TOGASHI, Katsumi & TAKAHASHI, Fumiki (Entomol. Lab., Coll. Agric., Kyoto Univ.) 1977. Preferential feeding of the last instar larvae of Dendrolimus spectabills BUTLER (Lepidoptera : Lasiocampidae), on the old needles of Pinus thunbergii PARL. in the field. Jap.J.Ecol. 27 : 159-162. In the field as well as in the laboratory, the last instar larvae of the pine moth preferred to feed on one-year-old needles of Japanese black pine, which contribute little to the future growth of the tree. The degree of feeding preference of a larva was closely related to the frequency of larval incidence on the twigs of different age classes. The seasonal change in the degree of feeding preference of large larvae was suggested from their distribution on a pine tree in the field. It was not completely consistent with but similar to that of the last instar larvae obtained from the laboratory experiment.
KIKUCHI, Eisuke (Biol. Inst., Fac. Sci., Tohoku Univ.), FURUSAKA, Choseki (Inst. Agr. Res. Tohoku Univ.) & KURIHARA, Yasushi (Biol. Inst., Fac. Sci., Tohoku Univ.). 1900. Effects of tubificids (Branchiura sowerbyi and Limnodrilus socialis) on the nature of a submerged soil ecosystem. Jap. J. Ecol., 27 : 163-170. Measurements of the chemical and biological nature of submerged paddy soil in vitro with and without tubificids revealed that the presence of tubificids inhibited the growth of weeds and increased the frequency of appearance of Moina sp., and that the presence of weeds led to a increase in the Eh of soil, a decrease in the pH and a decrease in the activity of the soil's biological and nonbiological uptake of O_2. Examination of the changes of biotic and abiotic factors by artificial mixing of the soil led to the supposition that the action of tubificids is similar to physical mixing of the soil.
YUKAWA, Junichi, YAMAUCHI, Seiei, NAGAI, Sadaaki & TOKUHISA, Eiji (Entom. Lab., Fac. Agric., Kagoshima Univ., Kagoshima). 1977. Leaf longevity and the defoliating process in saplings of Actinodaphne longifolia (BLUME) NAKAI. Jap.J.Ecol., 27 : 171-175. This investigation was made as a part of the authors' ecological studies of broad-leaved evergreen trees and associated gall midge populations which have been continued since 1970 in a natural forest of Mt. Shiroyama, situated in the centre of Kagoshima-city. The mean leaf longevity in saplings of Actinodaphne longifolia (BLUME) NAKAI was estimated at 51.58 months by counting both the numbers of surviving leaves and scars of leaves that had been shed. The mean numbers of new leaves per twig fluctuated annualy between 5.13 and 10.60,but the fluctuations were not great in the taller trees or in the younger generations of the shorter trees. The defoliating process from the time of leaf emergence to the end of April in 1976 was indicated by τ-index to be nearly random in almost every year. The simple and easy method adopted in this study may be applicable in some cases for estimating the leaf longevity and the defoliating process of other broad-leaved evergreen trees.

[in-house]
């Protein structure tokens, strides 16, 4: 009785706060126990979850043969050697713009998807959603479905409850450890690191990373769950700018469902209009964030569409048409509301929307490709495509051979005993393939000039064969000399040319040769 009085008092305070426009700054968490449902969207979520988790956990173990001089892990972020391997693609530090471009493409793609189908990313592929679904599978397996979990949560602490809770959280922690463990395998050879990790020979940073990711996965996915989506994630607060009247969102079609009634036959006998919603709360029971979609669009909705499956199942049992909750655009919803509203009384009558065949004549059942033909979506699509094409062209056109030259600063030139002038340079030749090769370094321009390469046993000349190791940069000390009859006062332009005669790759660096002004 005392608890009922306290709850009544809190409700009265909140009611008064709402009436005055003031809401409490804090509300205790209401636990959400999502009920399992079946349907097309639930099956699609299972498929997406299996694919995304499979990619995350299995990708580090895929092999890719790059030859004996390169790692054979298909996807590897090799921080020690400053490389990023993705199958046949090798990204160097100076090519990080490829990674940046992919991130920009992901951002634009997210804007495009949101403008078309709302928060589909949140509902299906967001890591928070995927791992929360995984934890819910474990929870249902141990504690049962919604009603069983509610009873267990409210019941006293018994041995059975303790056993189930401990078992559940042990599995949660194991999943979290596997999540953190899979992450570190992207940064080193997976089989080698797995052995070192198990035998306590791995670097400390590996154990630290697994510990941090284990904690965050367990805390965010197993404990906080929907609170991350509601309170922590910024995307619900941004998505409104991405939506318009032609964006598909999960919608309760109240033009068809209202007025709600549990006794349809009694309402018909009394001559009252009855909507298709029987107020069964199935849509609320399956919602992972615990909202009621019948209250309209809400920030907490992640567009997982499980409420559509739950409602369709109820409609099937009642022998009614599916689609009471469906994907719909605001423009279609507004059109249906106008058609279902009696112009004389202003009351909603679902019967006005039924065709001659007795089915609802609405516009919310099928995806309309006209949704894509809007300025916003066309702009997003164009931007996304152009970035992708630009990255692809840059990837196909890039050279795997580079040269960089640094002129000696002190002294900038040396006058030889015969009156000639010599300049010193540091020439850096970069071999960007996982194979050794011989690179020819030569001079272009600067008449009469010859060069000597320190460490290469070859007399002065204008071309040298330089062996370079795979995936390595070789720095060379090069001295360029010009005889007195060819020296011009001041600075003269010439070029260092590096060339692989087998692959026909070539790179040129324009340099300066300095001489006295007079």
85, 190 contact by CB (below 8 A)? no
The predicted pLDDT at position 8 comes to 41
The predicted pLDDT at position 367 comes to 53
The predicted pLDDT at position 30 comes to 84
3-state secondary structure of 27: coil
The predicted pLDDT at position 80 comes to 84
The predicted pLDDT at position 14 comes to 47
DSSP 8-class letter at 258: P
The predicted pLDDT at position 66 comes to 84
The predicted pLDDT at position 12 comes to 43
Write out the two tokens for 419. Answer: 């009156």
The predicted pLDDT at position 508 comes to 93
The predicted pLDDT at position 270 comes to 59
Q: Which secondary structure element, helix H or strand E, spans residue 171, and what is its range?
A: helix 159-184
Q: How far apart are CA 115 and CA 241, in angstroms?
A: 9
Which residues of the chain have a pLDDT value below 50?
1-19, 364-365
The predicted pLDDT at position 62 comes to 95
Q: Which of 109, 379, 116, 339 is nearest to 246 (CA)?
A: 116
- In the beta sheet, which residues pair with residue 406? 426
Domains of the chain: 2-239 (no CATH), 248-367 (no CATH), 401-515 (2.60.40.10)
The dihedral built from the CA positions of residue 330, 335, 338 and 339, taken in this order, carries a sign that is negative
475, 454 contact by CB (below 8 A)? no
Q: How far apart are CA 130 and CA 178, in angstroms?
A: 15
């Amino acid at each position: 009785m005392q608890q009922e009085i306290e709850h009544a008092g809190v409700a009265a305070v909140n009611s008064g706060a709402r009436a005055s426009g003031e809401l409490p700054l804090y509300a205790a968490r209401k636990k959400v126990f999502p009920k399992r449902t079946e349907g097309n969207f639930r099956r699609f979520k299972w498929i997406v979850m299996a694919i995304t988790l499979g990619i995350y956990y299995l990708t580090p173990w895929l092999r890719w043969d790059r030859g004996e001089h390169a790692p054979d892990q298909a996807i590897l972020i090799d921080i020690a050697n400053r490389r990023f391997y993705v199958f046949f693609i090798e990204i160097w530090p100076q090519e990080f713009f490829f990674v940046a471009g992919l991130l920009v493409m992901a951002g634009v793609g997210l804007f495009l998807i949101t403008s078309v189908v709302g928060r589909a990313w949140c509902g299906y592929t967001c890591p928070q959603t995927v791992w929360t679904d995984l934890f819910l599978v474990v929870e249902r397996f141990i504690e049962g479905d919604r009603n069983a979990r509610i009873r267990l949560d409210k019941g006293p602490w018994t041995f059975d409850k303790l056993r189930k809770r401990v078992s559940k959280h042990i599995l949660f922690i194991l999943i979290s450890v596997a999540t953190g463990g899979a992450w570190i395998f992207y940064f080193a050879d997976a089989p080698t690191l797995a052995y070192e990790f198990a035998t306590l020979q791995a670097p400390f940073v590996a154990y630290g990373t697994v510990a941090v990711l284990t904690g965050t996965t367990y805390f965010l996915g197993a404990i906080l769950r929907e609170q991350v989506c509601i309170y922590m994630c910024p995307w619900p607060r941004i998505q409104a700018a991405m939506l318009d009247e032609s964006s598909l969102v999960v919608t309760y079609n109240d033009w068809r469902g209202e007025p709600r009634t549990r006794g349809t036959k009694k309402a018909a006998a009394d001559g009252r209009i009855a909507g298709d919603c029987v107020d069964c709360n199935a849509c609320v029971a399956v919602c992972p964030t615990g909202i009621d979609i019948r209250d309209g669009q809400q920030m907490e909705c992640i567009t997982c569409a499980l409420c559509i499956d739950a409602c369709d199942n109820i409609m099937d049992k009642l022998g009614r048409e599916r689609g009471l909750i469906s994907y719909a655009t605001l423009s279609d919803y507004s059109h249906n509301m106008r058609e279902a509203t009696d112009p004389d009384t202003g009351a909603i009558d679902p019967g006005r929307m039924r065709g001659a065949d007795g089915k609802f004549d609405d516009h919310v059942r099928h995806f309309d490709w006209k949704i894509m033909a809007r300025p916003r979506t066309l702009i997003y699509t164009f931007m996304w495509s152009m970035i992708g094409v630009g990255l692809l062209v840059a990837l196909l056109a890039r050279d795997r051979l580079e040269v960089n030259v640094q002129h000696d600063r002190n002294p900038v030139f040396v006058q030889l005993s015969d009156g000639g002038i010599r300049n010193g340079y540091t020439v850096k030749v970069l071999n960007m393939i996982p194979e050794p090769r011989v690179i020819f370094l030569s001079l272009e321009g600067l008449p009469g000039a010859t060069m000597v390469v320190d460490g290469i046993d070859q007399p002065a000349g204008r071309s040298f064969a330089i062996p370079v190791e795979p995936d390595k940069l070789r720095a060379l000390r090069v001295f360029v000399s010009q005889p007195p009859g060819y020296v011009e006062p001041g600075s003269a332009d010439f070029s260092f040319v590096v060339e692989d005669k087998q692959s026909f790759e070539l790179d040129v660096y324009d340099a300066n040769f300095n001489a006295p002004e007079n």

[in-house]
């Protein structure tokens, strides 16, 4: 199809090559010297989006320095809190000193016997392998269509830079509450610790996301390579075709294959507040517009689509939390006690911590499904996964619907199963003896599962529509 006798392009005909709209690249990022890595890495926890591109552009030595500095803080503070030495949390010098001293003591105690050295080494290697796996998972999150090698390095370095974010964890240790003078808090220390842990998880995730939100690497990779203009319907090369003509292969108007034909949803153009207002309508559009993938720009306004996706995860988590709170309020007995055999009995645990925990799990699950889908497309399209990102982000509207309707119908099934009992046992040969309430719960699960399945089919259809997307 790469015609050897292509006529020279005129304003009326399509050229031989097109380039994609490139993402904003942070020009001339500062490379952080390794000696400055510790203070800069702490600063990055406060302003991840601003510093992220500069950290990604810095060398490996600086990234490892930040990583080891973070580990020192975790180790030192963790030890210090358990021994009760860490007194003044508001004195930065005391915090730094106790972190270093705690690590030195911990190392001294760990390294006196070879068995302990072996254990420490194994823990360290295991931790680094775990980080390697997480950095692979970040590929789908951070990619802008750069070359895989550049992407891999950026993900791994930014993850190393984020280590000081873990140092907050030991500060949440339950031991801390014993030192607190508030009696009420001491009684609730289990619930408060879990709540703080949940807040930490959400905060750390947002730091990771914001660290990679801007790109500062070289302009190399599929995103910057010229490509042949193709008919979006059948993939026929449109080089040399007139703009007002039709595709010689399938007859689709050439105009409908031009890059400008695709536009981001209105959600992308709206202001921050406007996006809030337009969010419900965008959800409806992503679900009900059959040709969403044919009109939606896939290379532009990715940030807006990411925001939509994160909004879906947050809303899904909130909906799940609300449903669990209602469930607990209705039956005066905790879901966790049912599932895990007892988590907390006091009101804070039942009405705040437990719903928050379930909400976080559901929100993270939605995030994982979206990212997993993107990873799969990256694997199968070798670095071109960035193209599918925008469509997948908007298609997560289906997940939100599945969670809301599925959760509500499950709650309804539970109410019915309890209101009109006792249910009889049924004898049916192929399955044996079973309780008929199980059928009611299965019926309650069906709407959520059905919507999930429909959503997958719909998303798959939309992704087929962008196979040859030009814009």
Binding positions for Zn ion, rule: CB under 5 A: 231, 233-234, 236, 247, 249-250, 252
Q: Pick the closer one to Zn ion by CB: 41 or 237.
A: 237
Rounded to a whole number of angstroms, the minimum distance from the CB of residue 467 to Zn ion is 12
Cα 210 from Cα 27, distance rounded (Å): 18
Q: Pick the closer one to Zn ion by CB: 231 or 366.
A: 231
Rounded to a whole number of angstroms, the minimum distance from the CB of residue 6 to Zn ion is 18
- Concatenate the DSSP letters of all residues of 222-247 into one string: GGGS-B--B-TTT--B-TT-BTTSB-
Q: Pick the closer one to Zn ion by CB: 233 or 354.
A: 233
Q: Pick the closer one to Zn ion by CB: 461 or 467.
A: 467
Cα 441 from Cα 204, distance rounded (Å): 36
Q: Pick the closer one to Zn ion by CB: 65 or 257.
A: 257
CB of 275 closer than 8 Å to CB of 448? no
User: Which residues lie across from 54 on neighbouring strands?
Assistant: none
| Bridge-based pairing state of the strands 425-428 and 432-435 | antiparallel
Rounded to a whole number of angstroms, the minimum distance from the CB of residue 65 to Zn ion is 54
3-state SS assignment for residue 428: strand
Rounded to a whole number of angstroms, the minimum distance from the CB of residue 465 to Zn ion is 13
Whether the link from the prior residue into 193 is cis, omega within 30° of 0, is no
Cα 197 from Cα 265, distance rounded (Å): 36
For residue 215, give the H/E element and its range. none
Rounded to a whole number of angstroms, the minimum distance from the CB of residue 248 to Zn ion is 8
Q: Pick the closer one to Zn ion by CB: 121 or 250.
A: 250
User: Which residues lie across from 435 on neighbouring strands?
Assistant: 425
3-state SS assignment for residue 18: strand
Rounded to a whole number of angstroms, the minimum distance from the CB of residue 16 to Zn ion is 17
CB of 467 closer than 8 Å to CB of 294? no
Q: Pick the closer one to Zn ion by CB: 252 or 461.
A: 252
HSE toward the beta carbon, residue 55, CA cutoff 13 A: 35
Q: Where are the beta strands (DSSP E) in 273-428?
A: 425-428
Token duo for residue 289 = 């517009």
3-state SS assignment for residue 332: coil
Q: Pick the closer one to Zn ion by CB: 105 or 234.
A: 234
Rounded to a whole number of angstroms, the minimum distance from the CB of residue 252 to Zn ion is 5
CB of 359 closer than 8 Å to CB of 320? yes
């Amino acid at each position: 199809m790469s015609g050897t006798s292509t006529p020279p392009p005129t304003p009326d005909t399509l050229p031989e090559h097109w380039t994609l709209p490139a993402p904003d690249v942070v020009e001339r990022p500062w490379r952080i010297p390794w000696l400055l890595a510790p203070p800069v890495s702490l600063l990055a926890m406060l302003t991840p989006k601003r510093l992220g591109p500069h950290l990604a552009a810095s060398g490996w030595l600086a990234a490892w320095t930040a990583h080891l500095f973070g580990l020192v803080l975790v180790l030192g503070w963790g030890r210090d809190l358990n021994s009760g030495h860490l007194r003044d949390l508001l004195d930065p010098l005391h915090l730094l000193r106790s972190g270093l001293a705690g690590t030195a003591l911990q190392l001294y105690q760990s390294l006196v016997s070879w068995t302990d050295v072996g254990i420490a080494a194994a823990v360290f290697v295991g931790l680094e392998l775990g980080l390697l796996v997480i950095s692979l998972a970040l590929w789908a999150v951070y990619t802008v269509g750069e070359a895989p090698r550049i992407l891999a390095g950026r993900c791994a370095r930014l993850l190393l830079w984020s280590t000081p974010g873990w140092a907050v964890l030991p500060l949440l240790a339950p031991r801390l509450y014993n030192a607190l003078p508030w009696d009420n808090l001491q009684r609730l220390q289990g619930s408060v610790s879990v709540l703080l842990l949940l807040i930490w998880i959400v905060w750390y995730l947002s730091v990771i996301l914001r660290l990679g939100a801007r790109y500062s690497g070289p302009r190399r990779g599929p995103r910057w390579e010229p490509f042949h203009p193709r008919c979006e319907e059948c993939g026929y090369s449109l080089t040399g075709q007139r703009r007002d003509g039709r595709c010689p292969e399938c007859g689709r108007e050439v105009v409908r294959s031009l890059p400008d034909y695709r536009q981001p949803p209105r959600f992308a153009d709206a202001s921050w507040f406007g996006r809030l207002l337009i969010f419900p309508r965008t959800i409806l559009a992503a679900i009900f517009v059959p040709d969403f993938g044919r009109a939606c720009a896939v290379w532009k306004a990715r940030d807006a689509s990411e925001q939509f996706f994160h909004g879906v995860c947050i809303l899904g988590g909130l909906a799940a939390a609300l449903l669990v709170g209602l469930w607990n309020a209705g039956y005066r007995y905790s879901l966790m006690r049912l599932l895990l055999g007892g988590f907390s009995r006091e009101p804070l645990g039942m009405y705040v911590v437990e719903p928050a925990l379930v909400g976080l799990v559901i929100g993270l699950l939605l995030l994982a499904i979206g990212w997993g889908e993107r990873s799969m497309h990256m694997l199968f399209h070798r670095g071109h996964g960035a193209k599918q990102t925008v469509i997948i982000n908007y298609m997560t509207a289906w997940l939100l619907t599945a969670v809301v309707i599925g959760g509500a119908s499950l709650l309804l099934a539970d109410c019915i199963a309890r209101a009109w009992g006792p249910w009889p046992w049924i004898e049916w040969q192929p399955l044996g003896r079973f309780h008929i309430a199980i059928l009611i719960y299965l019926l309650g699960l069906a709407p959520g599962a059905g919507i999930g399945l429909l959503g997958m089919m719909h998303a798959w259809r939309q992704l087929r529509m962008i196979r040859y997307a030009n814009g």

YIM, Yang-Jai (Dep. Biol., Coll. Lib. Arts & Sci., Chungang Univ., Seoul). 1977. Distribution of forest vegetation and climate in the Korean Peninsula. III. Distribution of tree species along the thermal gradient. Jap. J. Ecol., 27 : 177-189. The distribution of 50 woody plant species along the gradient of thermal climate was studied using existing records of their three-dimensional distribution in the Korean Peninsula. The range and frequency of occurrence of the species were examined in relation to KIRA's warmth index (WI). The frequency-WI curves obtained were found to be bell-shaped and more or less symmetrical with a single maximum. The range of thermal distribution of a species was 30-60 (mostly 40-50)℃ month in terms of the WI. The species were grouped into the following 4 groups according to the optimal ranges of their thermal distribution ; subalpine, cool-temperate, warm-temperate deciduous and warm-temperate evergreen group. Unlike other groups, the northern or upward limits of distribution of the species of the last group proved to be most closely correlated with the coldness of winter as expressed by KIRA's coldness index.
HAYASHI Ichiroku (Sugadaira Biol. Lab. of Tokyo Kyoiku Univ.) 1976 Secondary succession of herbaceous communities in Japan. Jap. J. Ecol. 00 : 291-200. In order to explain the alternation of the dominants in secondary sucession, the life histories of the dominant species of each stage in secondary sucession were compared. In the present paper, which is the first of this series, the results of investigation of the seed weight and disseminule form of herbaceous species in relation to succession are reported. Measurements of seed weight of 167 species show that species bearing seed weighing less than 0.1 mg are most frequent. The frequency in number of species decrease rapidly with the increase of seed weight with species bearing seeds over 2.5 mg in weight being very few in number. The dominants in later stages of succession produce heavier seeds than those of earlier stages except in the case of pioneer species, which produce heavy clitochore seeds. The disseminule form of the dominant species in the winter annual stage, perennial herb stage and perennial grass stage is anemochore. A close relationship exists between the disseminule form and the seed weight in each species : anemochore seeds are light while clitochore, bolochore and zoochore seeds are heavy.